The Retail, Wholesale and Department Stores Union (or RWDSU) has filed objections against Amazon with the National Labor Relations Board, saying the company has again interfered with its election in Bessemer, Alabama (via CNBC).
In a press release, the union alleges that the company “threatened an employee with plant closure if the union was voted for,” prohibited employees from posting pro-union fliers, and “engaged in surveillance and/or created the impression surveillance of employees engaged in protected concerted activities. activities”, among many other things. The union is asking the NLRB to schedule a hearing on its objections to determine whether the results of Bessemer’s second election should be overturned and a new election held.
The complaint, which you can read in full below, is about Amazon’s behavior during union elections that concluded last month. The end the result of that election is currently unknown — while votes were counted from 993 to 875 against unionization, there were more than 400 contested ballots. As a result, the outcome depends on a hearing that has not yet been scheduled.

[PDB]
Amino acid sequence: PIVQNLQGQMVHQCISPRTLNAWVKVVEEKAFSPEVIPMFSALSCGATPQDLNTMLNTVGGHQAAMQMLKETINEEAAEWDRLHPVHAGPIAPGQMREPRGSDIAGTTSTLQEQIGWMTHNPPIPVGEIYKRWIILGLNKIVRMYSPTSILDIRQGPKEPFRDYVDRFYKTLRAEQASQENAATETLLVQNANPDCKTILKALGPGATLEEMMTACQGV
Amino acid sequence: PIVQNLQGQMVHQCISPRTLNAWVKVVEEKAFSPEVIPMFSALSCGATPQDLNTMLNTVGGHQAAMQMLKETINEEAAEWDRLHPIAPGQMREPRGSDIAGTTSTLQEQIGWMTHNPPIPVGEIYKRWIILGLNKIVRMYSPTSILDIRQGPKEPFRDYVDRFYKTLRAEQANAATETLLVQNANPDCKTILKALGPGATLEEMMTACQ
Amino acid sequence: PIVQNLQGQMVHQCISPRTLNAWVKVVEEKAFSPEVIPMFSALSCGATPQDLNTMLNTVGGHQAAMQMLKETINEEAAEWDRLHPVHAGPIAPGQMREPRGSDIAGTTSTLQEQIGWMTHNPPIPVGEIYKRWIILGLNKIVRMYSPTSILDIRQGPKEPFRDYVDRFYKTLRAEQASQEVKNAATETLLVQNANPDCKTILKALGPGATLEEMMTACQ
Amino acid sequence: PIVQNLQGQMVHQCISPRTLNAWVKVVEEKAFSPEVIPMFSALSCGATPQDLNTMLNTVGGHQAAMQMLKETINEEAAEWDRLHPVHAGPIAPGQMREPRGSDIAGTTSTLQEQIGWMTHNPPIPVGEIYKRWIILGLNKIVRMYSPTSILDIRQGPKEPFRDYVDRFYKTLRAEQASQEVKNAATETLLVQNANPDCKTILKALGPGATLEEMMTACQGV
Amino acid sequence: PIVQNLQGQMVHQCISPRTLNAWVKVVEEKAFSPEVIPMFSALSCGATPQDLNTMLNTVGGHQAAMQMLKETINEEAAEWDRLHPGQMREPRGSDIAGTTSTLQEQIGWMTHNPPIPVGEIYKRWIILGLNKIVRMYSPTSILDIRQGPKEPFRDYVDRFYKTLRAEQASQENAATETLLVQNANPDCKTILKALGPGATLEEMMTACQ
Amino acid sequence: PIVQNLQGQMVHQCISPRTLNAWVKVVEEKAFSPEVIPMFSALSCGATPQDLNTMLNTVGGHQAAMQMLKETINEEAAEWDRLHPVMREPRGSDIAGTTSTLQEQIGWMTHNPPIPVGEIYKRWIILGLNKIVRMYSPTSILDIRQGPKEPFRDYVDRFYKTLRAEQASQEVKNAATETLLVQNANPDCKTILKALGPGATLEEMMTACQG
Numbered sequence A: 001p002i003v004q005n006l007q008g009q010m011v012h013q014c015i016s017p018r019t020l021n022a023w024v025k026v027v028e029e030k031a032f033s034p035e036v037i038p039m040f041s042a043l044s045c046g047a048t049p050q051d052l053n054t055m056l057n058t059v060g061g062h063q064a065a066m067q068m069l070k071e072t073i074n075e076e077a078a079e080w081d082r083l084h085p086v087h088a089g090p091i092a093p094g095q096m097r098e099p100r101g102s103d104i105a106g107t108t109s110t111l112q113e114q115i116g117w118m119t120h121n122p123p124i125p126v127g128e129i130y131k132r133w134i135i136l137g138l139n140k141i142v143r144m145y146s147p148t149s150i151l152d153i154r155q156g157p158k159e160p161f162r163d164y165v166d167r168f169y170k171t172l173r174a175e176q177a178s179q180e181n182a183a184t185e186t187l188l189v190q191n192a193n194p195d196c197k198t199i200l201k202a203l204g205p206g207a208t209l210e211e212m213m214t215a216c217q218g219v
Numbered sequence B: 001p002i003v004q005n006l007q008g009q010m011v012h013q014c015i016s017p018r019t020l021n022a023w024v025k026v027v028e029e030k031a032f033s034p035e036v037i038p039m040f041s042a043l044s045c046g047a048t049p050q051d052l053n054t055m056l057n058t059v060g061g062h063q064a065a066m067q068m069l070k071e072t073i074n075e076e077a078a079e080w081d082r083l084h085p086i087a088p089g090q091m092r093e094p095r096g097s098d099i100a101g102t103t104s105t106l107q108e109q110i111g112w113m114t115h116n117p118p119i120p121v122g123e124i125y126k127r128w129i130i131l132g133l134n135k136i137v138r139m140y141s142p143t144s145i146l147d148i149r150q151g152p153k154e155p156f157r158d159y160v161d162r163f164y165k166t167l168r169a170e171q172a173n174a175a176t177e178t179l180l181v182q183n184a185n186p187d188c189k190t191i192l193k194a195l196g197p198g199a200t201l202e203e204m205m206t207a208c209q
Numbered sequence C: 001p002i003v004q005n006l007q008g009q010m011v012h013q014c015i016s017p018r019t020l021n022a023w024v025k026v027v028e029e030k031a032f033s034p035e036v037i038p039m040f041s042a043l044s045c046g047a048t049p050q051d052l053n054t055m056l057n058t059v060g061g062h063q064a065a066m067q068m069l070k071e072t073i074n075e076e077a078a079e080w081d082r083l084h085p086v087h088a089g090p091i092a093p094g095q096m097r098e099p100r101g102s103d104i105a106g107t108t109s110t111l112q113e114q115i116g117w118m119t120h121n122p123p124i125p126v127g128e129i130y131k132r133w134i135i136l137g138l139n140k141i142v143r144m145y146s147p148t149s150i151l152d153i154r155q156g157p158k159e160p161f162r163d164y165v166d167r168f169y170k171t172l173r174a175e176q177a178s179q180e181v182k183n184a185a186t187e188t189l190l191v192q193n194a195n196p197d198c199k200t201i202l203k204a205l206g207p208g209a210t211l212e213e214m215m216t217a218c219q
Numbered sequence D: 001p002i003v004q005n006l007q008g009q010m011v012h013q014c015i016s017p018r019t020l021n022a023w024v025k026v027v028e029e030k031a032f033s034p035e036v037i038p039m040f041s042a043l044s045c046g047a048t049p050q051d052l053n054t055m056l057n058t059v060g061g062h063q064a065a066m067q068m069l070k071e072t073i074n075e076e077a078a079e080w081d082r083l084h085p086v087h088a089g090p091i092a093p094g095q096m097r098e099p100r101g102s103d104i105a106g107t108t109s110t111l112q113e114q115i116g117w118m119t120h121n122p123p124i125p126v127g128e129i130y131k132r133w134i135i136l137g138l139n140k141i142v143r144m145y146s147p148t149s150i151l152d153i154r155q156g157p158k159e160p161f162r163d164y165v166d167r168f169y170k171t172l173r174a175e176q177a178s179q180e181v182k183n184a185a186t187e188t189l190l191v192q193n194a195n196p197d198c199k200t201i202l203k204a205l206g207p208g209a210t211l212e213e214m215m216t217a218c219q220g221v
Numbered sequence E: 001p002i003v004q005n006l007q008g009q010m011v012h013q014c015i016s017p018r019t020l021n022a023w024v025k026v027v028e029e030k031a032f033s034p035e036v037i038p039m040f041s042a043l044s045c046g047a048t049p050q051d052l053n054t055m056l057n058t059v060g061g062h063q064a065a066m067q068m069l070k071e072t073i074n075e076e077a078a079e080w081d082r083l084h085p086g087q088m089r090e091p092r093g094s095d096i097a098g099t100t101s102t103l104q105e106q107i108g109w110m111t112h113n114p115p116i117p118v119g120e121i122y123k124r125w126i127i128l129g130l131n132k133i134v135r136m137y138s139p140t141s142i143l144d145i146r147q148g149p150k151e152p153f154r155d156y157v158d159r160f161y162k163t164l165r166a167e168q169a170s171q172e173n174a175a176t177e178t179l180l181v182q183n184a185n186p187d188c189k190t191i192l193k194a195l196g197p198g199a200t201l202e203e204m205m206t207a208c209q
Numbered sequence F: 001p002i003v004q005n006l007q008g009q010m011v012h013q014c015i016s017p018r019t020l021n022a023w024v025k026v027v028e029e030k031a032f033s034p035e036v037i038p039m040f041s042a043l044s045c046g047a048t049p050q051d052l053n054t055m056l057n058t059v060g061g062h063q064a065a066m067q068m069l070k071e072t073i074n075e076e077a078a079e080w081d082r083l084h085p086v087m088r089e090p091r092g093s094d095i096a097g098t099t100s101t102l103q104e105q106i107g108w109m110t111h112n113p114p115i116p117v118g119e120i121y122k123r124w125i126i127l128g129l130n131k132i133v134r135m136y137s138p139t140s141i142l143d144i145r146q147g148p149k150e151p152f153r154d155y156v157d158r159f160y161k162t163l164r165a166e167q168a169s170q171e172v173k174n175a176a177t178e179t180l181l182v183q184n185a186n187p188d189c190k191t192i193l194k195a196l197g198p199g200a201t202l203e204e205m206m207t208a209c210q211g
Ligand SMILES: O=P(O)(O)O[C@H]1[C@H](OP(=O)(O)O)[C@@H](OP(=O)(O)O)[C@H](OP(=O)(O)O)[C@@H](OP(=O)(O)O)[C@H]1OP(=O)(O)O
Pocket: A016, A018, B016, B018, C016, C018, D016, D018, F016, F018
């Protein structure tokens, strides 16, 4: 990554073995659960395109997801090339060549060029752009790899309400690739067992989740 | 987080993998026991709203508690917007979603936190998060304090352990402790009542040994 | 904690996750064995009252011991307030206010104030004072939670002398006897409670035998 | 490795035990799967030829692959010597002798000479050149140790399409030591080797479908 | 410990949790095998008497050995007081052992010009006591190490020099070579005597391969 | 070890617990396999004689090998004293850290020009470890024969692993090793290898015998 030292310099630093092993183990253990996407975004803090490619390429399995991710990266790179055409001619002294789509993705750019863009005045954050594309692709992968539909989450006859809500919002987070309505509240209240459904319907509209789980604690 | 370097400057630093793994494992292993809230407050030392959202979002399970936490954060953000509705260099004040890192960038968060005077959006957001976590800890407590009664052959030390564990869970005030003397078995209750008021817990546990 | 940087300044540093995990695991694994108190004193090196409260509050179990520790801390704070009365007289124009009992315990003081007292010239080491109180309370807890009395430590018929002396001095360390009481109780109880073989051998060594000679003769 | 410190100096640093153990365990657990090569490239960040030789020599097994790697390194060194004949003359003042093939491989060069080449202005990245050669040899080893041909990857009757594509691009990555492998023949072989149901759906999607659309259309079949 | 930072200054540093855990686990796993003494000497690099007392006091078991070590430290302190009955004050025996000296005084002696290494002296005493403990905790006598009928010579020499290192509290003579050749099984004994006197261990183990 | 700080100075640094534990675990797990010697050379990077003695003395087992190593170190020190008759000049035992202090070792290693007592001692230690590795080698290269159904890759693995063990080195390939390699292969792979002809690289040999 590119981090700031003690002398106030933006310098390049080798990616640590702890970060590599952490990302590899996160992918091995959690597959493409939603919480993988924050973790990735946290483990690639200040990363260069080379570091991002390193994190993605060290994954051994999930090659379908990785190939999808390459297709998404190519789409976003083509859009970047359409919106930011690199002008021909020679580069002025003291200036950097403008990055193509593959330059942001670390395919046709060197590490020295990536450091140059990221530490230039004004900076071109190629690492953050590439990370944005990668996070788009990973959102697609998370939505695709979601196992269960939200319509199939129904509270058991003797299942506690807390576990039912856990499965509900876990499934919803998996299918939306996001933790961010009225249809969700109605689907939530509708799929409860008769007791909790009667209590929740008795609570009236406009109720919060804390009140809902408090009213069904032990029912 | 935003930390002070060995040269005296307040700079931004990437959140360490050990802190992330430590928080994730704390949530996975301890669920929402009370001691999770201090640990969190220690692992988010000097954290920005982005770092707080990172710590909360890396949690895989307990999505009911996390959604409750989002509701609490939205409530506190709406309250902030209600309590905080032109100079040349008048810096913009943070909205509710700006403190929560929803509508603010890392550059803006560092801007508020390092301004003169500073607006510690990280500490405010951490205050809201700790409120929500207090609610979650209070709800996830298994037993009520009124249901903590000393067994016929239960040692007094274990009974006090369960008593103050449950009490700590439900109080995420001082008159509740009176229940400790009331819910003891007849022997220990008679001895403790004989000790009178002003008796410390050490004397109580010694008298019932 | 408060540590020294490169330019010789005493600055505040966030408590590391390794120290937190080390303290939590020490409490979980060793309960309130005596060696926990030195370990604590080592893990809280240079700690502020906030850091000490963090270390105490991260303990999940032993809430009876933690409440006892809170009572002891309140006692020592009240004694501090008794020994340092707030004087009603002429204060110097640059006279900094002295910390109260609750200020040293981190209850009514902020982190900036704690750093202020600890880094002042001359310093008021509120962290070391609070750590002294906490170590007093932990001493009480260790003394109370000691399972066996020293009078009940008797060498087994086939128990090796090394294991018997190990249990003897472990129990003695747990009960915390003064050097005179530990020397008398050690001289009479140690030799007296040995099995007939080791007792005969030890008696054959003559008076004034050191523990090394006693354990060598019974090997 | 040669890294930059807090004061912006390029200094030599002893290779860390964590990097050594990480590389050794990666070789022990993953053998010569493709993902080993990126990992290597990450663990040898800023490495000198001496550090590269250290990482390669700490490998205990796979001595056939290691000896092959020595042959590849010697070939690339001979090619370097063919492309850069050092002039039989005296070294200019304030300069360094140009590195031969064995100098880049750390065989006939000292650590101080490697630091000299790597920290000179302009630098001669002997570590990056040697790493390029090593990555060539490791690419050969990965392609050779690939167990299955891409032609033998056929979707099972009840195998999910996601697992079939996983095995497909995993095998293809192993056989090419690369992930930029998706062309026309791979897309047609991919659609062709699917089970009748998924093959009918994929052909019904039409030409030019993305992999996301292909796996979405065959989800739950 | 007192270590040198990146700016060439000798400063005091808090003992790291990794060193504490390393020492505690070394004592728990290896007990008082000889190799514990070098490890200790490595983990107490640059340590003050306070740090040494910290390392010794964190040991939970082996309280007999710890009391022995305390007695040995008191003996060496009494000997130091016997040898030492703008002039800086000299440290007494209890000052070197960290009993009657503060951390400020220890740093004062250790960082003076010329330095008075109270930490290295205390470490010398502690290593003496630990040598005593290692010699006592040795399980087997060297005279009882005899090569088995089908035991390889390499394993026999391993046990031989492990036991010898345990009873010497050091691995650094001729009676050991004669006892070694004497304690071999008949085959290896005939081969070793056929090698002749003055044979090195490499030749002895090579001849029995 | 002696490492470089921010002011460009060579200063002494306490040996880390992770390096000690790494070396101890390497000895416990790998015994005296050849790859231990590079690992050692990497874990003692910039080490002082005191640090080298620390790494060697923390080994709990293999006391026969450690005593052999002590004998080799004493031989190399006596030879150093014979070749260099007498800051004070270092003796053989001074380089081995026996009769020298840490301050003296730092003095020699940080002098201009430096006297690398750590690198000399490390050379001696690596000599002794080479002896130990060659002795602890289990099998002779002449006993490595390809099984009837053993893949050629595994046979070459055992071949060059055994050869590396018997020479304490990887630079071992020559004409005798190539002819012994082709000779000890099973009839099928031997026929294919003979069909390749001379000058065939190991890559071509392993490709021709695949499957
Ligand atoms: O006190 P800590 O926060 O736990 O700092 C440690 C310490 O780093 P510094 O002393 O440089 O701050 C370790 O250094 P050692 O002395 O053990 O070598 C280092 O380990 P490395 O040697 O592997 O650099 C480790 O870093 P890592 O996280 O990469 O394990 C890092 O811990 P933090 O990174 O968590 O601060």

The election now being contested was held as a redo, after the RWDSU lost a previous election by a margin of almost two to one last year. The NLRB found that Amazon interfered with the first election in Bessemer, and ordered a new one.
In a statement, RWDSU President Stuart Appelbaum said, “We urge the NLRB to carefully review our objections and ensure that no company, even with the bottomless pockets of Amazon, can act above the law.”
Amazon did not immediately respond to the edgecomment request.
Amazon has faced similar accusations before, outside of Bessemer. In January, the NLRB filed a complaint against Amazon, saying he threatened, surveilled and intimidated workers during the Staten Island union drive, and prevented organizers from distributing flyers. The agency also suing the company for firing Gerald Bryson, an organizer for the Amazon Workers Union, and is trying to end the practice of “captive public” meetings.
This means the results of both Amazon unionization elections are currently being called into question: On Thursday, Amazon said he intended to object for the victory of the Amazon Workers Union in New York. The result of that election was much more decisive; Workers at Amazon’s JFK8 warehouse voted to unionize, 2,654 to 2,131.